Preparing a non-provisional application

A patent application must include a written description of the invention and of the manner and process of making and using the invention.  The description must be in such full, clear, concise and exact terms as to enable a person of ordinary skill in the technological area (or “art”) to which the invention pertains to make and the invention without undue experimentation.

Complying with these drafting requirements is much more entailed than simply filling out a form or checking certain boxes.  The specification desirably should include specific embodiments of the invention, whether in the form of schematics of a machine or experiments conducted in making and/or using a composition of matter.  The description should describe the specific improvement and convey information necessary for a complete understanding of the invention. 

A patent application contains multiple parts, including (1) the title, (2) cross-reference to related applications, (3) statement of federal sponsorship, (4) joint research agreement information, (5) a reference to sequence or computer program listings, (6) a background, (7) a brief summary of the invention, (8) a brief description of the drawings, (9), a detailed description of the invention, (10) one or more claims, and (11) an abstract.  Drawings may also be required, particularly with respect to mechanical and electrical inventions.  The drawings must satisfy formal requirements issued by the PTO.

Deciding whether to pursue foreign patent rights:

Generally, patents issued in the United States PTO extend to products made or methods practiced in the United States, used in the United States or sold in the United States.  With certain exceptions, U.S. patents do not protect against the sale and production of goods outside of the United States.  In a global economy, most companies want to obtain patent protection in at least Europe, Canada, China and Japan.  The European Patent Office, located in Munich, has the power to grant a so-called "bundle" of patents covering most of the major European countries.  Generally speaking, the process of obtaining foreign patents is slower and more cumbersome than the patent process in the United States.  The decision whether to obtain patents in other countries may often be deferred until almost one year after the initial filing of a U.S. patent application.  An international convention gives the applicant the benefit of the first filing date in a subscribing country so long as subsequent applications are filed within a year.  Most foreign countries require absolute novelty of an invention before granting a patent.  Publicly disclosing the invention prior to filing the U.S. patent application can place the invention in the public domain in many foreign countries and thus destroy absolute novelty.  As another option, an “International application” may be filed under the Patent Cooperation Treaty (PCT).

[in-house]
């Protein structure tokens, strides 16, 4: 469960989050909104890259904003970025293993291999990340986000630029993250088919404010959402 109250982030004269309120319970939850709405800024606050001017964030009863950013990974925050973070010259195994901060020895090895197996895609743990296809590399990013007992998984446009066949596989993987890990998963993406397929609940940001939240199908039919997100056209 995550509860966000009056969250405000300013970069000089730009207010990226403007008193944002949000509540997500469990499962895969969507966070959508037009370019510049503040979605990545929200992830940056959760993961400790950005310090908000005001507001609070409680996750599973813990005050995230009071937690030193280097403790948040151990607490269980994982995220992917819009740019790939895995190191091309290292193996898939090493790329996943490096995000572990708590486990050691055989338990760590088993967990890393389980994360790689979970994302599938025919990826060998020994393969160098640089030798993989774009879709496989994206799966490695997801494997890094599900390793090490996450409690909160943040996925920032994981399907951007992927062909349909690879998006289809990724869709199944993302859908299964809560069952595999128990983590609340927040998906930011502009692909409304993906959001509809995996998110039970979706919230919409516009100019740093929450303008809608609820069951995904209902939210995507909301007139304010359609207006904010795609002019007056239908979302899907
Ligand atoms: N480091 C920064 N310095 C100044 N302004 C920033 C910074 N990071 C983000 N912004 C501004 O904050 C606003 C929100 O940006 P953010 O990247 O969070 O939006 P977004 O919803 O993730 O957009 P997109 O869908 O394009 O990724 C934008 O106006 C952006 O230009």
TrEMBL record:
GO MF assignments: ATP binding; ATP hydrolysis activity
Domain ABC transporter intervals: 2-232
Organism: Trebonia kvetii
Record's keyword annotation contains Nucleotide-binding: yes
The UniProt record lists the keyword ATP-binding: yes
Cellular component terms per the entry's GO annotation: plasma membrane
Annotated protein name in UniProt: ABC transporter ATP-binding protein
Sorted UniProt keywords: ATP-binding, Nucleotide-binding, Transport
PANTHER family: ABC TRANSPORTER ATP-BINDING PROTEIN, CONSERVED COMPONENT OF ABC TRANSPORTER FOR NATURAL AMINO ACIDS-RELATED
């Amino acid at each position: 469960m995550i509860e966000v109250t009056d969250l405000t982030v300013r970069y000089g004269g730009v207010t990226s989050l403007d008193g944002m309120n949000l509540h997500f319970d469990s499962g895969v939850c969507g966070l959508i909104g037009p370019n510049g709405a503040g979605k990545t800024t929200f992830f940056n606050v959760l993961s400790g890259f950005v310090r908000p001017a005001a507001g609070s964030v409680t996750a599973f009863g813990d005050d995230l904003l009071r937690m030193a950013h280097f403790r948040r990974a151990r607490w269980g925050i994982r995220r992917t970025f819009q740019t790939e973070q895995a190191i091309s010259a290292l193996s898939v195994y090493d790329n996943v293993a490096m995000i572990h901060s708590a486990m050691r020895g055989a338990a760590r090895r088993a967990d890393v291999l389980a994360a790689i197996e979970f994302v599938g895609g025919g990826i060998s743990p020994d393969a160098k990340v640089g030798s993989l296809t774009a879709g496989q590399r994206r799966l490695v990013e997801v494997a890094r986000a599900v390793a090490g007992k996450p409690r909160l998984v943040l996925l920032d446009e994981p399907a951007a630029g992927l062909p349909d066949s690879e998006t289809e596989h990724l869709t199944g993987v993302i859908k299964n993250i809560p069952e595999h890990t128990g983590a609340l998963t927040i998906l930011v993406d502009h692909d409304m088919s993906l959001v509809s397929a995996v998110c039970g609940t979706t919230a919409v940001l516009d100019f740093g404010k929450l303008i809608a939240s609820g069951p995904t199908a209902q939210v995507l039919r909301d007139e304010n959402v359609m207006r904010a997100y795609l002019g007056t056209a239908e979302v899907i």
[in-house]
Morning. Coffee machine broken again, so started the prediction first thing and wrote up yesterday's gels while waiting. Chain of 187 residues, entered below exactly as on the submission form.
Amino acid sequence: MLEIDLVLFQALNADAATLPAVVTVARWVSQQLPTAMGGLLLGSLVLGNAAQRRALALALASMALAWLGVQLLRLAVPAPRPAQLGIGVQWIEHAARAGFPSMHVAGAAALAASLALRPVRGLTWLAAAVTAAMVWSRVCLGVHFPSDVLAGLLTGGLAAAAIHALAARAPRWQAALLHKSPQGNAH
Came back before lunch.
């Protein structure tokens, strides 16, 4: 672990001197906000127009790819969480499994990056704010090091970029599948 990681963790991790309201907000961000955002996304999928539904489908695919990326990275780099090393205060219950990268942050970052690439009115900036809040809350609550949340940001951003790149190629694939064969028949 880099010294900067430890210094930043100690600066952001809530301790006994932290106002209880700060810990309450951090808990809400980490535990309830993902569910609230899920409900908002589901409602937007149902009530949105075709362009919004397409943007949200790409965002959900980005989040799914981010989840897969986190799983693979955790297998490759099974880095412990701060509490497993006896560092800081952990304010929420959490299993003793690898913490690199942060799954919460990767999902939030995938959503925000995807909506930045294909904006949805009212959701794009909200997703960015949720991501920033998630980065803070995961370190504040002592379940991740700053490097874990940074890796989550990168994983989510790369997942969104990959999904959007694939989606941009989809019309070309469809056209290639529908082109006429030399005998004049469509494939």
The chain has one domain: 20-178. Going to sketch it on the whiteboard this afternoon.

Responding to PTO communications such as office actions

In the case of a non-provisional utility patent application, it is not unusual for one to two years (and sometimes longer) to pass from the patent application filing date before the PTO substantively examines the patent application.  Typically, the PTO examiner will issue an office action rejecting some or all of the claims.  An initial rejection of the claims does not necessarily mean that a patent cannot be obtained.  However, the applicant will need to respond to the office action in writing.  The written response will often involve amendments to the claims and the submission of remarks disputing the rejections. 

Generally, the patent prosecution process for a utility application takes at least 2 years, more typically at least 3 years.  However, the process can take much longer if there are backlogs at the PTO, or if an impasse is reached with the examiner over the patentability of the invention.  As described below, there are several procedural devices that are available for expediting the examination process.

Expediting examination of the application

Backlogs of patent applications at the U.S. Patent & Trademark Office have resulted in a long patent examination process for many U.S. patents.  In some cases it may take two or more years before a patent application is substantively considered for the first time by a U.S. patent examiner.  However, there are several options available to a patent applicant to expedite this process.